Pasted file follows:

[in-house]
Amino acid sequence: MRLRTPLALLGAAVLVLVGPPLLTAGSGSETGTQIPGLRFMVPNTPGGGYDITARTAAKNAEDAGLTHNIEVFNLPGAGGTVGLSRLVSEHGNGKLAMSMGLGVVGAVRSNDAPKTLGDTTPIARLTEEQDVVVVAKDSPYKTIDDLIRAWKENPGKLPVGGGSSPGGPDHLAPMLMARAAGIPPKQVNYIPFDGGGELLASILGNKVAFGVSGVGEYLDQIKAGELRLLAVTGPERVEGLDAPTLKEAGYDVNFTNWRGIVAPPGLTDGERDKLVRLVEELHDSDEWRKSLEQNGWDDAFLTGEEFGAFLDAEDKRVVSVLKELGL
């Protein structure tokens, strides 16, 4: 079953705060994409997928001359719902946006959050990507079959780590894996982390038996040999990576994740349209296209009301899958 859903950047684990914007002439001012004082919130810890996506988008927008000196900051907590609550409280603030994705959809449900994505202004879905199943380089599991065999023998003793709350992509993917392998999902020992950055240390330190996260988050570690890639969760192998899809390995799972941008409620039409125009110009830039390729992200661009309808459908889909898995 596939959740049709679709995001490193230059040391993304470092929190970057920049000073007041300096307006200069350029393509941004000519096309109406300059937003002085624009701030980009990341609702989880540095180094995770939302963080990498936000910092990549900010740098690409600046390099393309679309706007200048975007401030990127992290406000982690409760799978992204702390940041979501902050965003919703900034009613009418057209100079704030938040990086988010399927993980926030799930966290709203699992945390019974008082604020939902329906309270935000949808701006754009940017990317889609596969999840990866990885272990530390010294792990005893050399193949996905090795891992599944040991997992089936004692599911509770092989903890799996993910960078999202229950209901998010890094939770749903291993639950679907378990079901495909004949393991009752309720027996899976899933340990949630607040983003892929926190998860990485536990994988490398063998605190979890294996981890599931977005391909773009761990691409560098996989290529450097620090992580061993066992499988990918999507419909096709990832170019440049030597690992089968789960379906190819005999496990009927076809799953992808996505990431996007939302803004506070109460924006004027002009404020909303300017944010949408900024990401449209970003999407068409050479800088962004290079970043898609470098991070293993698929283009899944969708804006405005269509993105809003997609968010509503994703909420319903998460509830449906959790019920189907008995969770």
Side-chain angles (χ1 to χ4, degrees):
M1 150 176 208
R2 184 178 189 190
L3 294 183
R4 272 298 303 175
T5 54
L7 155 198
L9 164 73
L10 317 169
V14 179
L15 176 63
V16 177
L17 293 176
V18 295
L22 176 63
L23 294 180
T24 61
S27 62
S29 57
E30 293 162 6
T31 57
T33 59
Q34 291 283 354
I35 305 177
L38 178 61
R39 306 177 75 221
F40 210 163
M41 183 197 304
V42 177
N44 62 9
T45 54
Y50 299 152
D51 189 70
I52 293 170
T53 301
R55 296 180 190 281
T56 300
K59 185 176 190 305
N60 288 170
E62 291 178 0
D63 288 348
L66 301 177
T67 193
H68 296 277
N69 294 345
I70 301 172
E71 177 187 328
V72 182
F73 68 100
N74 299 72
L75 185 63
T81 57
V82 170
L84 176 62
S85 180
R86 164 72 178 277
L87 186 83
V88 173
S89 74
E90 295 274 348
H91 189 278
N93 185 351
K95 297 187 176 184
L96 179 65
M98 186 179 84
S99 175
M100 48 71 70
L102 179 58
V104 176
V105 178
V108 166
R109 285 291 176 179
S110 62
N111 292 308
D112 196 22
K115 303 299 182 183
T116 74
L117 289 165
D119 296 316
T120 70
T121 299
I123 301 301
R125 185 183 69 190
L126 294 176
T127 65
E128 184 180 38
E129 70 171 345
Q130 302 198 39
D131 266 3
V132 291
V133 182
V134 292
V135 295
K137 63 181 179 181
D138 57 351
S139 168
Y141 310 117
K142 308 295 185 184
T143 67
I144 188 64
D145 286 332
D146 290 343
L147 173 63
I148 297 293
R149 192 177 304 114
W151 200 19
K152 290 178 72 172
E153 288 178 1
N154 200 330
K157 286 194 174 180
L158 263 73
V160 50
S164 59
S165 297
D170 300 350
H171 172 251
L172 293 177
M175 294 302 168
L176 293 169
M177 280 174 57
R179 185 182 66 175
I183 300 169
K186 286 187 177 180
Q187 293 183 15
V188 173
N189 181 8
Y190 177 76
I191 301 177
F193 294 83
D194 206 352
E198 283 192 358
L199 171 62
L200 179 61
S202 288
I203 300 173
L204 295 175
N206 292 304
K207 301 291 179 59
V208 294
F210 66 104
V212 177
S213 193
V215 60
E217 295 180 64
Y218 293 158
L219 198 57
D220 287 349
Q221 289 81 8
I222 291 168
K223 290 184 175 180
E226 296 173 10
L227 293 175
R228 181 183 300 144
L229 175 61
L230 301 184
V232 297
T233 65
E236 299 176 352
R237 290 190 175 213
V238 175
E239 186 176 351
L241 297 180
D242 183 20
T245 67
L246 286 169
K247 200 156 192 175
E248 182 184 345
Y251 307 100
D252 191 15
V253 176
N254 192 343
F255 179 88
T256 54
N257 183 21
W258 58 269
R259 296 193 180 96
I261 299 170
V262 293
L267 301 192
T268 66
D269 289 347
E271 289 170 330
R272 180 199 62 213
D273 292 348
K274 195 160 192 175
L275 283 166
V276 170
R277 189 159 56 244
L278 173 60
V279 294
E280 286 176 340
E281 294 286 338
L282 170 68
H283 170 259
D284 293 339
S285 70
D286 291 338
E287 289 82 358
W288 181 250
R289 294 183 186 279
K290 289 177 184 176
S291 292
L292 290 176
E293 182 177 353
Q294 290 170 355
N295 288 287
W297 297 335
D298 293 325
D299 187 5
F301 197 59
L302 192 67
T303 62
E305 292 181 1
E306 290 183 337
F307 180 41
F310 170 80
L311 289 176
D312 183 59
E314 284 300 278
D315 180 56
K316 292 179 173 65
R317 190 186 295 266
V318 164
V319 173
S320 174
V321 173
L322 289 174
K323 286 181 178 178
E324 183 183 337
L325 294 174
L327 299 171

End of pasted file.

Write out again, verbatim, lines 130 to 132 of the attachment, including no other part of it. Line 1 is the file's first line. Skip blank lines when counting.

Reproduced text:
Y190 177 76
I191 301 177
F193 294 83